First, let’s make it perfectly clear that I am not offering any sort of investing advice. Bitcoin, and its underlying block-chain are however a very intriguing proposition. If you haven’t availed yourself of the plethora of articles and Youtube videos describing exactly what Bitcoin is and how it works, do yourself a favor and educate yourself to this potentially life-changing phenomenon.
It cannot be emphasized enough when looking at Bitcoin one must divorce themselves from what we’ve been taught qualifies as a currency. The coin itself is merely a measure of the transactional capabilities of the underlying structure. It does have value, and that’s what I’ve been contemplating for the last year. How do you know how much each Bitcoin is worth?
For so long I have tried to view Bitcoin like I would a stock, and it’s very hard for me to invest in any financial instrument that is trading over $100, let alone $200. But this is not a stock; it’s a global network meant to facilitate the movement of money across the globe with much less friction that the current system. I’ve never been one to prescribe to religious teachings for anything more than historical context. However, if the story of Jesus over-turning the money changers’ tables is true (and even if it’s not) than the vig charged by banks has been a societal issue for thousands of years.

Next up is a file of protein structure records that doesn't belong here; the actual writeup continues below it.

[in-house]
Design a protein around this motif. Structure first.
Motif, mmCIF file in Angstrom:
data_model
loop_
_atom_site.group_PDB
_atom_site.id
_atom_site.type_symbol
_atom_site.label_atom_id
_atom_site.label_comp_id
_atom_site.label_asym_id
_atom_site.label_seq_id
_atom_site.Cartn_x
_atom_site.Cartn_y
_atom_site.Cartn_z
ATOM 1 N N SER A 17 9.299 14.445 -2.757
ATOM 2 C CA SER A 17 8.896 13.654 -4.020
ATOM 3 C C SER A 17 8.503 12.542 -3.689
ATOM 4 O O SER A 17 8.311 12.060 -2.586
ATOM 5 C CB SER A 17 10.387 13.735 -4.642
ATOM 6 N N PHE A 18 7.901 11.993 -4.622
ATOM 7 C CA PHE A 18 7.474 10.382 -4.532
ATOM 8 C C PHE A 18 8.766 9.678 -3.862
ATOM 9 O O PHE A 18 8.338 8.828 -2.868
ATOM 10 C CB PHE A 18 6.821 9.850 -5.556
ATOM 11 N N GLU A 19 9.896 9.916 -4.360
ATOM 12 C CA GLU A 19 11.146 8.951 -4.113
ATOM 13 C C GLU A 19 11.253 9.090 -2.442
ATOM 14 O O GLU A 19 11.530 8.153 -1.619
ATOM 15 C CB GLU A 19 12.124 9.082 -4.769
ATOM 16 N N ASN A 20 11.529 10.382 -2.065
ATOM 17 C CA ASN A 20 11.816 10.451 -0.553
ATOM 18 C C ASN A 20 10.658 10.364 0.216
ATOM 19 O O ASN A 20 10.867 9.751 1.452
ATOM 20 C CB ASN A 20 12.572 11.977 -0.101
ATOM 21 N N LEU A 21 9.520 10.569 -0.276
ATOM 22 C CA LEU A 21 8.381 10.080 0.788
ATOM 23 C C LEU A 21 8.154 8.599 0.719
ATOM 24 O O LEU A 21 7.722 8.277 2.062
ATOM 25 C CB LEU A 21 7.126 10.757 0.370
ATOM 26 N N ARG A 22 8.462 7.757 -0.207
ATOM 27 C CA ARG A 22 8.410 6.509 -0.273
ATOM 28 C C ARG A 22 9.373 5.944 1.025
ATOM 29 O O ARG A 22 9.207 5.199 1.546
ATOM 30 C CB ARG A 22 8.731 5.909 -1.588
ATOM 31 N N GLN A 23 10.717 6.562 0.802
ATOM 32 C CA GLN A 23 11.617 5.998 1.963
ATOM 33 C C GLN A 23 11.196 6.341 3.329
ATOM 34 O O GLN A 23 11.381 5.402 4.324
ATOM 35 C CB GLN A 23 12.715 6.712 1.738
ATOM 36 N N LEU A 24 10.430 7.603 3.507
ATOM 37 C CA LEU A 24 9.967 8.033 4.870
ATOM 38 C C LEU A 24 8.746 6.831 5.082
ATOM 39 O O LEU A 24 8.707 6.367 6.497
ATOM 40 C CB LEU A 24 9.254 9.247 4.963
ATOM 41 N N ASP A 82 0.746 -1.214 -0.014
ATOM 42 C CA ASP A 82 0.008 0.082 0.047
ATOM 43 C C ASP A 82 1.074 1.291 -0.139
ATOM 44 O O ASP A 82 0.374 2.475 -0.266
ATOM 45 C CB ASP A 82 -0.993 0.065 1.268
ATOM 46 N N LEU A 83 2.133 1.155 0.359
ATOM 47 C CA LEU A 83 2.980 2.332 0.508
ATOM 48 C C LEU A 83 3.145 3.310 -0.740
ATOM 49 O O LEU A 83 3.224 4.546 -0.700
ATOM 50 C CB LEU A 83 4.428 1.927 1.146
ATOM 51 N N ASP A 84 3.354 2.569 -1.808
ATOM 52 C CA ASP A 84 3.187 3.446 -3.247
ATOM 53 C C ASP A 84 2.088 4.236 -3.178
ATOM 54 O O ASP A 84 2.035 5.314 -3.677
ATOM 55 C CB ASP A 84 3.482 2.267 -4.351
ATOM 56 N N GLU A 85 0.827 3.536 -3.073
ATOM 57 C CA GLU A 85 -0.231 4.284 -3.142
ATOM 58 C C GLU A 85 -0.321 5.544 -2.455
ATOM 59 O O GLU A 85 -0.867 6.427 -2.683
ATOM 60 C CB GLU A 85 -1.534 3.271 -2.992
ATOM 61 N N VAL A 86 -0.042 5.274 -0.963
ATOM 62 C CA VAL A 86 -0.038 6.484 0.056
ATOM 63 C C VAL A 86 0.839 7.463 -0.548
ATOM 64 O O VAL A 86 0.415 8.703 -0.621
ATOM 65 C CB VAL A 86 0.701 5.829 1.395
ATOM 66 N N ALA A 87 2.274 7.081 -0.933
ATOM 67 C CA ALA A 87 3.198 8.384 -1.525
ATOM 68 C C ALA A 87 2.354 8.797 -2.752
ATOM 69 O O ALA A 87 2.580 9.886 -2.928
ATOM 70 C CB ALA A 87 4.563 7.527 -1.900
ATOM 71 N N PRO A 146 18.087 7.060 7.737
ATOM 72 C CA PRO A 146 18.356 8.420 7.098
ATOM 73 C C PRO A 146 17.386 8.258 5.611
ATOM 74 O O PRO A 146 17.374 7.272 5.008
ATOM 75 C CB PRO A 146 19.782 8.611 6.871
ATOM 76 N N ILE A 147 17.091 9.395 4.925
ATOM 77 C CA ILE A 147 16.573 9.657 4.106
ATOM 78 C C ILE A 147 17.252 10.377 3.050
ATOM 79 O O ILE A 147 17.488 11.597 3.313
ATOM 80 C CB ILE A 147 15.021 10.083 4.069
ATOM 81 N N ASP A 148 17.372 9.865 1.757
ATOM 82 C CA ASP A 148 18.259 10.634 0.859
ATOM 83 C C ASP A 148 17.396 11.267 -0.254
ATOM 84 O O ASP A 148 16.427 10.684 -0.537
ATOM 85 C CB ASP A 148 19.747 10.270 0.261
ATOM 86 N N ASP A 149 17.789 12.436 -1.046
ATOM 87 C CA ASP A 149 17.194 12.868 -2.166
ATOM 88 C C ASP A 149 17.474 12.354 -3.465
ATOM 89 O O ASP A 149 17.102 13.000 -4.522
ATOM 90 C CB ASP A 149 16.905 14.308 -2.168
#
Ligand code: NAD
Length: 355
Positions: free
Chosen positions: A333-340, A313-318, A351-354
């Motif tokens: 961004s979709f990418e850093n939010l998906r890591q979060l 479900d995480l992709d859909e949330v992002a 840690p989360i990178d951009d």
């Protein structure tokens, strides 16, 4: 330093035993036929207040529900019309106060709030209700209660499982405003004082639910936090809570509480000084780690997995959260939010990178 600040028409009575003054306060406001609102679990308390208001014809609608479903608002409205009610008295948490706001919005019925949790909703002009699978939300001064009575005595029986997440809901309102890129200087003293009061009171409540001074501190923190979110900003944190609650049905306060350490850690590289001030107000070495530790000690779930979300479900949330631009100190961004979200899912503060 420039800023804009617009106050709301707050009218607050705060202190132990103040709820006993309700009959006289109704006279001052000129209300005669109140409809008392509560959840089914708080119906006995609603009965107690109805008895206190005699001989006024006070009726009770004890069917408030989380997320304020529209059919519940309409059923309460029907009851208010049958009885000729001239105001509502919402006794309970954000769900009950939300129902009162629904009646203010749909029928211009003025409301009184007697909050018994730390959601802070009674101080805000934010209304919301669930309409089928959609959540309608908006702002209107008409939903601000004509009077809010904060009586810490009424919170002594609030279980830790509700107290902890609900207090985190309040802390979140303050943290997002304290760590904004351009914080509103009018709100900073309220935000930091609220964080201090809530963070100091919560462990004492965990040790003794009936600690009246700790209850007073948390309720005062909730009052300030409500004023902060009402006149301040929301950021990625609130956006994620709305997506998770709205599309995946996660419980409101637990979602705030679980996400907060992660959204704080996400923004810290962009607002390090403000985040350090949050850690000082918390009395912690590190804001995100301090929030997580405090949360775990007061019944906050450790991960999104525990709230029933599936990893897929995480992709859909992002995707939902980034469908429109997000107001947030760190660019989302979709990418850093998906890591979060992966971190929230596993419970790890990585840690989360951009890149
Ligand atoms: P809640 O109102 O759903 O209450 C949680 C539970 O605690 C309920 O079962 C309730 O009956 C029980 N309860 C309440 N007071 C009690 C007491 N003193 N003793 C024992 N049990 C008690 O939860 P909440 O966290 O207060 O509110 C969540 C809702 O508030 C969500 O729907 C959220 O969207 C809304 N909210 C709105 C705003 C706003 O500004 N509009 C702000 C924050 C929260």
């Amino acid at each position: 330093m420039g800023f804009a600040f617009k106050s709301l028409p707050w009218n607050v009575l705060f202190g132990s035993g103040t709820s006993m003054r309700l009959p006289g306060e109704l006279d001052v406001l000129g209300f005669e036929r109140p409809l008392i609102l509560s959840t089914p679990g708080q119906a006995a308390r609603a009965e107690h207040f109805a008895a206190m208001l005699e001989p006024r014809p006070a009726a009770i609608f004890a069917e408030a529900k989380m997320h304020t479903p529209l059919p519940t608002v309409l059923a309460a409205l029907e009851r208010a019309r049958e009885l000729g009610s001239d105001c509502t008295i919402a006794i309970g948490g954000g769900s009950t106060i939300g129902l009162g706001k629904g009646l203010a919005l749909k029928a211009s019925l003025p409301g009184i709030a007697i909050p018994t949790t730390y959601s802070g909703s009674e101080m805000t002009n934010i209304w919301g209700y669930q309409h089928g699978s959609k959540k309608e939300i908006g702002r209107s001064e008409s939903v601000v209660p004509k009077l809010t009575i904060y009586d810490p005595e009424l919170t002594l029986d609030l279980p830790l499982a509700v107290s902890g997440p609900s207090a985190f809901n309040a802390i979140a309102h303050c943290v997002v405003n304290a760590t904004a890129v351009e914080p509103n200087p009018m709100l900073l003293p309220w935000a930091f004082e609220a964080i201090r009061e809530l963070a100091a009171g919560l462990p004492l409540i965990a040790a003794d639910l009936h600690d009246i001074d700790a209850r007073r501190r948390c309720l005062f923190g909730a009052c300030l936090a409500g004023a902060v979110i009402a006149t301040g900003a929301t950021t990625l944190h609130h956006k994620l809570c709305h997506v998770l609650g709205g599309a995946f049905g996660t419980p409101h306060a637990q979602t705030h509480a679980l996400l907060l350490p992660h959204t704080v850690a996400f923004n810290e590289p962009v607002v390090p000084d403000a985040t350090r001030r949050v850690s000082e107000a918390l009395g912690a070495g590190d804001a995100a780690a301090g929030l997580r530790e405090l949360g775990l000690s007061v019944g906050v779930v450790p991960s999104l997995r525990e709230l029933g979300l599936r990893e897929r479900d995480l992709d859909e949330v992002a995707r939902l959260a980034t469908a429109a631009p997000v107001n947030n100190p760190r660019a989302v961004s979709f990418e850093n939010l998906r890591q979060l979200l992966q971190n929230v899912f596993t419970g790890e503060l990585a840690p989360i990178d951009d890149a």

Since anyone who buys Bitcoin is purchasing a piece of the network that enables global financial transactions, I personally believe that when must break that network down to its least common denominator. In this case it’s called a Satoshi. When you look at a Bitcoin, its value is stated as 1.00000000. The zero the farthest to the right is a Satoshi, and if anyone wants to send a transaction across the network, you must own at least that denomination on which to piggy-back the transaction. That is why you cannot separate the Bitcoin from the underlying block-chain. So, that Satoshi has to have some value, right? So how do we place a value on it?
I’ll start with how much it would cost to wire a thousand dollars from Orlando, FL to Hong Kong via Western Union. Per their website, the least one would be charged for this transfer is $12. If we place that as a value for the one Satoshi, that would mean each Bitcoin would be worth $1.2 billion dollars.
Obviously, the purpose of Bitcoin is to remove the friction from the system, so that valuation would be well overstated. However, there has to be some value to this new network … and coin. Even if that Satoshi was worth a penny, the value of each Bitcoin would be one million dollars.
Am I saying that these values should be considered fair values? Of course not. However, it does illustrate that there is a great deal of value in the network that has already been built, and seeks out innovation and acceptance. One thing I have learned in my life is that when someone looks me in the eye and tells me, “This is the best alternative for you.” The passion with which they try to transfer “need” to me is nothing more than a reflection of their own wanton desires. When financial experts tell you, via the main stream media, that Bitcoin is worthless, take the opportunity to think for yourself. No one else will.
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